A Study to Examine Changes in GIP Plasma Levels Following Gastric Bypass Surgery in Obese Patients

This study has suspended participant recruitment.
Information provided by:
Boston Medical Center
ClinicalTrials.gov Identifier:
First received: September 13, 2005
Last updated: November 15, 2005
Last verified: August 2005
Obesity is a multinational epidemic. There is evidence that despite educational measures and increased public awareness, the number of obese individuals continues to increase. Of the numerous obesity-related comorbidities, type 2 diabetes remains one of the most significant in terms of mortality and health care costs. Gastric Bypass Surgery (GBS) not only offers an effective form of therapy for morbid obesity, but also amelioration of type 2 diabetes mellitus. The normalization of glucose levels in GBS patients occurs within days after surgery and has been shown in surgical literature to be independent of the weight loss after surgery. The proximal gut, the site of release of certain incretins, may play a role in glucose homeostasis in obese individuals with type 2 diabetes mellitus. One such incretin is GIP, which when released into the circulation during the immediate postprandial period, accentuates the insulin response to a glucose meal. It is hypothesized that overactivity of this enteroinsular axis in obese individuals produces cell resistance to insulin and subsequent type 2 diabetes mellitus. A previous study reported elevated fasting GIP levels, as well as an exaggerated GIP response to a glucose meal, in obese subjects, which was significantly reduced months after GBS following weight loss. This pilot study of obese patients scheduled for GBS will compare the serum levels of certain peptides, including GIP, following a glucose meal before and after GBS, before weight loss has occured. In order to reproduce the preoperative state, and therefore to demonstrate the physiologic change, a small group of subjects who undergo open surgery will undergo the same measurements after surgery, but using a model in which the meal traverses the stomach, duodenum and jejunum with the aid of a gastrostomy tube.

Condition Intervention
Type 2 Diabetes Mellitus
Insulin Resistance
Procedure: Oral glucose tolerance test
Procedure: G tube glucose tolerance test

Study Type: Interventional
Study Design: Allocation: Non-Randomized
Endpoint Classification: Efficacy Study
Intervention Model: Parallel Assignment
Masking: Open Label
Primary Purpose: Diagnostic
Official Title: A Pilot Study to Examine the Relationship Between Changes in Plasma GIP Levels and Other Gastrointestinal Peptides Following Gastric Bypass Surgery in Obese Patients

Further study details as provided by Boston Medical Center:

Primary Outcome Measures:
  • GIP area under the curve after OGTT

Secondary Outcome Measures:
  • Other GI peptides and hormones after OGTT

Estimated Enrollment: 30
Study Start Date: March 2004
Estimated Study Completion Date: March 2005
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Ages Eligible for Study:   21 Years to 64 Years
Genders Eligible for Study:   Both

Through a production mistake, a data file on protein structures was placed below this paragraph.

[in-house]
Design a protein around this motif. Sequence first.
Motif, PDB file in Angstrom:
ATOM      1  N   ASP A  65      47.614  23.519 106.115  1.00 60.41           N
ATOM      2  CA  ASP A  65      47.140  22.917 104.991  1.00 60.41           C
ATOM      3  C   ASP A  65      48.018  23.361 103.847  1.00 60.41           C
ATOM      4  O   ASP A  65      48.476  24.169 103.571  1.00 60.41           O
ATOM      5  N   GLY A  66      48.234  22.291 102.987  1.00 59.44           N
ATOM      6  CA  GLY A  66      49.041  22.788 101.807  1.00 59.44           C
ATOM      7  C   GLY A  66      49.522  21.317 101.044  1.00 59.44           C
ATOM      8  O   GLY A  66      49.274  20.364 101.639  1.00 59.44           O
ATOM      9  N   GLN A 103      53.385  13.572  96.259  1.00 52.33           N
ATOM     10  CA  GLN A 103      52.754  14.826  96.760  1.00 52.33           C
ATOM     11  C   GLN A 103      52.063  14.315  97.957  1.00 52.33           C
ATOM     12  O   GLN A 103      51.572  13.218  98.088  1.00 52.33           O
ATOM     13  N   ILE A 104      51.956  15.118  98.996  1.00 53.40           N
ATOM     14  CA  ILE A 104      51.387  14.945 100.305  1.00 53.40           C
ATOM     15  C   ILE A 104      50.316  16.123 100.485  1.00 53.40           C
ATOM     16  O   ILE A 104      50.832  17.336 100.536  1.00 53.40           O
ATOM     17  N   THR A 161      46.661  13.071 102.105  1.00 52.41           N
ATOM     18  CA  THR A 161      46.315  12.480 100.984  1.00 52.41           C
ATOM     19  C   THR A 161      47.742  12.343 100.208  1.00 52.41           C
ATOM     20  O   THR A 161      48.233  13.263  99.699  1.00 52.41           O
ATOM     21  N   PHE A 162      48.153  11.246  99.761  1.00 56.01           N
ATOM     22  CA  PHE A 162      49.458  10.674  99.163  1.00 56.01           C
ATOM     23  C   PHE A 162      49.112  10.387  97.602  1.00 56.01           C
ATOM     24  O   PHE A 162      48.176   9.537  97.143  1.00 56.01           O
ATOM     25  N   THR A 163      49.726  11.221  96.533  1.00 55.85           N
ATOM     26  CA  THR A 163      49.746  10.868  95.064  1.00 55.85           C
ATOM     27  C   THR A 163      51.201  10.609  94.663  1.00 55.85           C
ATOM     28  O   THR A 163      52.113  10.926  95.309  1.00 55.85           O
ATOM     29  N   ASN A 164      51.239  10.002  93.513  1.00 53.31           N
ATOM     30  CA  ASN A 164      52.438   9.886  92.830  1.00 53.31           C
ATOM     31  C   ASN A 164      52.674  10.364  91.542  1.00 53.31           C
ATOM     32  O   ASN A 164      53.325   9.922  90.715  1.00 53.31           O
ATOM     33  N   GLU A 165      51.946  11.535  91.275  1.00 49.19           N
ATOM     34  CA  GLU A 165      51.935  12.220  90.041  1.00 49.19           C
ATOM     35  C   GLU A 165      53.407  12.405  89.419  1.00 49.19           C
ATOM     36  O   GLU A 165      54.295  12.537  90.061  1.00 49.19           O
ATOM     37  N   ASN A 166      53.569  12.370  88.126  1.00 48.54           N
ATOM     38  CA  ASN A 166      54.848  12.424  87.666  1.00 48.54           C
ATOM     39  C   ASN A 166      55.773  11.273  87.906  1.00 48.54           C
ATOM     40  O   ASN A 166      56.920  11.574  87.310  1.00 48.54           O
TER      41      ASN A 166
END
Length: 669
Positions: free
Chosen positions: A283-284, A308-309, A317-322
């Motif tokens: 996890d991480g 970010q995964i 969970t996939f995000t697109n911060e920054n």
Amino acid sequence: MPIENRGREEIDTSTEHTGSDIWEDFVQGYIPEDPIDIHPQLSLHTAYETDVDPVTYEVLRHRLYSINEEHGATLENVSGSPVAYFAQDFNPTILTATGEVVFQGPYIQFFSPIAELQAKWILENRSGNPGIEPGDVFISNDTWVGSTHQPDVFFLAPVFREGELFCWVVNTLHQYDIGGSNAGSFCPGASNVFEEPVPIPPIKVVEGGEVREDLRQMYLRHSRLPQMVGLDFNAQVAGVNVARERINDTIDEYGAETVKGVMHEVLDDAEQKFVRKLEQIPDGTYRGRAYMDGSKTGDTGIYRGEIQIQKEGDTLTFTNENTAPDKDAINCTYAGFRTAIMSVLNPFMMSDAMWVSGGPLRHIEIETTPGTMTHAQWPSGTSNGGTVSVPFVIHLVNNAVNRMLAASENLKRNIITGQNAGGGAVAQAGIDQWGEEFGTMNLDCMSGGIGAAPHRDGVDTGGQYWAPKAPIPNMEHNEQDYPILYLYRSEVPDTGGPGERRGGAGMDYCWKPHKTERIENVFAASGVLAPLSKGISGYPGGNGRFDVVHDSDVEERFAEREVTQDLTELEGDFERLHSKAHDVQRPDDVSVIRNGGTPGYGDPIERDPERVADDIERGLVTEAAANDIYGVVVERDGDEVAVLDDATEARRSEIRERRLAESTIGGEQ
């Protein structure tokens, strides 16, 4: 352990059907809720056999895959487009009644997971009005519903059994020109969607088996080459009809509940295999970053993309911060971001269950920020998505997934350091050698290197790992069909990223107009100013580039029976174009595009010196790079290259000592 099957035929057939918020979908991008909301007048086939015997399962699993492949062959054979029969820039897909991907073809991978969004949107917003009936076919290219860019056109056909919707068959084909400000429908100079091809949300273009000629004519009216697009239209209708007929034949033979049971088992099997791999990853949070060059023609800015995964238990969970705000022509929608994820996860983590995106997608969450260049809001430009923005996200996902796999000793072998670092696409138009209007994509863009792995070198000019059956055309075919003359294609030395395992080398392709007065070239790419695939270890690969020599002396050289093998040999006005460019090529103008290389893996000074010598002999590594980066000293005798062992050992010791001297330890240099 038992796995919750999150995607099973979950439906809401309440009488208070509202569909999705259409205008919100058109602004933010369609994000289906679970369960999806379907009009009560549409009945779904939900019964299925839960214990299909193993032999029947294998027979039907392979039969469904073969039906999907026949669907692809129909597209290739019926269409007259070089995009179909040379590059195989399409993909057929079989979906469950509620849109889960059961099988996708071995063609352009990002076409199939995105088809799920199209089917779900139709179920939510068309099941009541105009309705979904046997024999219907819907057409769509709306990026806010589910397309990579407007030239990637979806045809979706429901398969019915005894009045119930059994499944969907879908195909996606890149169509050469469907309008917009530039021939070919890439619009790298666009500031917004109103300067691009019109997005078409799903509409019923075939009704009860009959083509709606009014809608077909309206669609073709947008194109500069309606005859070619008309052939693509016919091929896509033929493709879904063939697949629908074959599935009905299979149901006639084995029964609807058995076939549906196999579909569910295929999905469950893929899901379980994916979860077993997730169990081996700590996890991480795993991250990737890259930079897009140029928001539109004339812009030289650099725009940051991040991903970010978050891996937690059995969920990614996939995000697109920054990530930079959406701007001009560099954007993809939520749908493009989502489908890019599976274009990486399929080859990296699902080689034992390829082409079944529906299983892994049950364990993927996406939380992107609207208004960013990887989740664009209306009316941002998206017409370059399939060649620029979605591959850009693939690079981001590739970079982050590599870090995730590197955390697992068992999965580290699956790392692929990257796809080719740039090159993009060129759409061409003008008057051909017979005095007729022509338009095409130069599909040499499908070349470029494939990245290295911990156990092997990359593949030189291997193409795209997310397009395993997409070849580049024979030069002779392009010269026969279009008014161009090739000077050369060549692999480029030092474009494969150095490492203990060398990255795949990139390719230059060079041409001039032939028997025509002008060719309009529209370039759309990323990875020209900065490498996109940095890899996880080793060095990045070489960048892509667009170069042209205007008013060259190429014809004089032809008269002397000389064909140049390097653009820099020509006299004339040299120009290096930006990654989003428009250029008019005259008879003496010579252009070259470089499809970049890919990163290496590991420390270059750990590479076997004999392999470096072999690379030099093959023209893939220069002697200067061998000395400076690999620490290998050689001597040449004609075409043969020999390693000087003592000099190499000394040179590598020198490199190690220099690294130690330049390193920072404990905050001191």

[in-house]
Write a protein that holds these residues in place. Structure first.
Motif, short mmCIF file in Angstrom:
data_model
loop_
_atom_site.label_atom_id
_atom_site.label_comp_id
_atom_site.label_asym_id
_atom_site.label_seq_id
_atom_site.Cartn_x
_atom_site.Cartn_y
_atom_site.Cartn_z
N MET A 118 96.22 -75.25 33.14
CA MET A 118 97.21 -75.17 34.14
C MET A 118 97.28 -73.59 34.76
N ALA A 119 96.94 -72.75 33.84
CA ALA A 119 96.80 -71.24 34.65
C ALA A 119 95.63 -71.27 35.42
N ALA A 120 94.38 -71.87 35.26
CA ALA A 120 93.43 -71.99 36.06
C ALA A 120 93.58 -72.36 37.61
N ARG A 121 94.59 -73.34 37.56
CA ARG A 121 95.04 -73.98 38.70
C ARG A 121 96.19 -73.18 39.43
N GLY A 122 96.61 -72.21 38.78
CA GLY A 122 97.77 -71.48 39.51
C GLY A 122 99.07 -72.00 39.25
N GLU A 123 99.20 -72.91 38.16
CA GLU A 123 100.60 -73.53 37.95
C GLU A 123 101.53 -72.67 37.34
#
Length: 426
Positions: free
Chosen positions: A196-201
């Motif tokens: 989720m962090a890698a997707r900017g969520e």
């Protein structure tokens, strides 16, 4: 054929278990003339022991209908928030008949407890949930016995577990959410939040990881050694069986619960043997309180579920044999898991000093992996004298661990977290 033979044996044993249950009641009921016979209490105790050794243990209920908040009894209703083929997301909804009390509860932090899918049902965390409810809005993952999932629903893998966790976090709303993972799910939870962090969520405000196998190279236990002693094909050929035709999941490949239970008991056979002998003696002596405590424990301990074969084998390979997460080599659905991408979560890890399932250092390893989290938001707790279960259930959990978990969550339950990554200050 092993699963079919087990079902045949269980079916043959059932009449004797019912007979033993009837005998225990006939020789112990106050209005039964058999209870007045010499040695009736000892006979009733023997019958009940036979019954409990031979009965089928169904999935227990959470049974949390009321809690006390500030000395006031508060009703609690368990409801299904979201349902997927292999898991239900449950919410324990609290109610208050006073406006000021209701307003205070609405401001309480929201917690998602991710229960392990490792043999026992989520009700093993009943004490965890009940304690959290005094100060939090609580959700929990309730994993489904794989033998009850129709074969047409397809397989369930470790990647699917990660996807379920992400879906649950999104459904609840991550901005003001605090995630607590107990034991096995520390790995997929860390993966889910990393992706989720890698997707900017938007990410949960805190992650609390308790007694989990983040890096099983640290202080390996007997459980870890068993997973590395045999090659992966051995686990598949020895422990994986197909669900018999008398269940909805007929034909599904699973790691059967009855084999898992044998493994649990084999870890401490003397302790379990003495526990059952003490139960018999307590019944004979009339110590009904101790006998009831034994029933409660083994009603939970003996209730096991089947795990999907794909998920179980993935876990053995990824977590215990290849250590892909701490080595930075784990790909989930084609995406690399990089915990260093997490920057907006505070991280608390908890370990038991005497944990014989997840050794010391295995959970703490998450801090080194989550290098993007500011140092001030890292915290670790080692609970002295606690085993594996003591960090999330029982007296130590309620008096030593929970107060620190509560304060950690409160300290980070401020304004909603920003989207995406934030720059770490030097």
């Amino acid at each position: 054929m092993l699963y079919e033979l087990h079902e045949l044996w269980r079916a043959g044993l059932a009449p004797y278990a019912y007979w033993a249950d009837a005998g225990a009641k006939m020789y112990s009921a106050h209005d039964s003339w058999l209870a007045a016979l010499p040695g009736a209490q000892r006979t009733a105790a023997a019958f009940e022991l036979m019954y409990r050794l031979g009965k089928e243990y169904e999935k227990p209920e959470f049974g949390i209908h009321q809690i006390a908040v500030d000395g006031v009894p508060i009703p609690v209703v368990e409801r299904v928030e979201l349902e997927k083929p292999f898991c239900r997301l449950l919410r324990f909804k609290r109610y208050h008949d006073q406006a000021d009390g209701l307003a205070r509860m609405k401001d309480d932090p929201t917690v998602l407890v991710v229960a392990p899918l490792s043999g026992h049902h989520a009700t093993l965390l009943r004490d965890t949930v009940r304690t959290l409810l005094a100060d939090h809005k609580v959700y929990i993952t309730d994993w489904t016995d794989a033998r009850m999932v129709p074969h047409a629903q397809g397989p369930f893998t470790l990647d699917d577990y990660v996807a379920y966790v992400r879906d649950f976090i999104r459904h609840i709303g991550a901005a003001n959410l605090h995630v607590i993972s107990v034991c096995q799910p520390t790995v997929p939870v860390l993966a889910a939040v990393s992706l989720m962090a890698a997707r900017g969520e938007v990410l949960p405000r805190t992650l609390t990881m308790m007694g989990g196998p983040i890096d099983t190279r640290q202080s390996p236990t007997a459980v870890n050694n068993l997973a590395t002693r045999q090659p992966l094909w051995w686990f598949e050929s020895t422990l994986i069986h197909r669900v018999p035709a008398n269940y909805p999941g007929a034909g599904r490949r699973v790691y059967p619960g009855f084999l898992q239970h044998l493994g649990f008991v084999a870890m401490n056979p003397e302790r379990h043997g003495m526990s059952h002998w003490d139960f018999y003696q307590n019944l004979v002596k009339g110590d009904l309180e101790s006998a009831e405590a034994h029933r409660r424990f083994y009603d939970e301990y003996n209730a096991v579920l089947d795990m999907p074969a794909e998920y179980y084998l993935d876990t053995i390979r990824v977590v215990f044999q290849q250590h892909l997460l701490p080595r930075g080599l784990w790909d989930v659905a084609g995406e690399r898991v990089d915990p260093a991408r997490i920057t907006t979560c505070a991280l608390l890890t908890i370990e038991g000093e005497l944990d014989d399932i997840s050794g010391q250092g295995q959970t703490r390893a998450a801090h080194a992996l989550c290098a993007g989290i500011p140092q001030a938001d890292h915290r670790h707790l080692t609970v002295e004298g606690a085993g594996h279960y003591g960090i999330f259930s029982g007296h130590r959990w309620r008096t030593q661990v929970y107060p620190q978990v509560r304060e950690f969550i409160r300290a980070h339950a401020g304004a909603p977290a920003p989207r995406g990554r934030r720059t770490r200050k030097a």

Accepts Healthy Volunteers:   No

Inclusion Criteria:

  • Patients 21-64 years of age
  • Obese (defined as a body mass index, BMI, > or = 30)
  • Type 2 diabetes or impaired glucose tolerance
  • Have been selected and scheduled for gastric bypass surgery.

Exclusion Criteria:

  • Substance abuse
  • Consumption of more than two alcoholic drinks per day
  • Use of more than 20 units of insulin (any brand or type) per day
  • Fasting blood glucose >180mg/dl on screening bloodwork.
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Please refer to this study by its ClinicalTrials.gov identifier: NCT00207389

United States, Massachusetts
Boston University Medical Center
Boston, Massachusetts, United States, 02118
Sponsors and Collaborators
Boston Medical Center
Principal Investigator: Caroline Apovian, MD Boston University Medical Cneter
Principal Investigator: Michael Wolfe, MD Boston University
Study Chair: Marie Mcdonnell, MD Boston University
Study Chair: Harmony Allison, MD Boston University
  More Information

Bayliss WM, Starling EH. Croonian lecture. The chemical regulation of the secretory process. Proc R Soc Lond 1904(73):310-332.
Kosaka T, Lim RKS. Demonstration of the humoral agent in fat inhibited gastric secretion. Proc Soc Exp Biol Med 1930;27:890-891.
Arnold R, Ebert R, Creutzfeldt W, H.D. B, Börger H. Inhibition of gastric acid secretion by gastric inhibitory polypeptide (GIP) in man. Scand J Gastroenterol 1978;13(Suppl 48):11.

ClinicalTrials.gov Identifier: NCT00207389     History of Changes
Other Study ID Numbers: H-22610 
Study First Received: September 13, 2005
Last Updated: November 15, 2005
Health Authority: United States: Institutional Review Board

Keywords provided by Boston Medical Center:
Incretins:GIP , GLP-1
Gastric bypass surgery
Laparascopic gastric bypass surgery
Postprandial expression of GIP

Additional relevant MeSH terms:
Diabetes Mellitus, Type 2
Insulin Resistance
Diabetes Mellitus
Endocrine System Diseases
Glucose Metabolism Disorders
Metabolic Diseases

ClinicalTrials.gov processed this record on April 27, 2016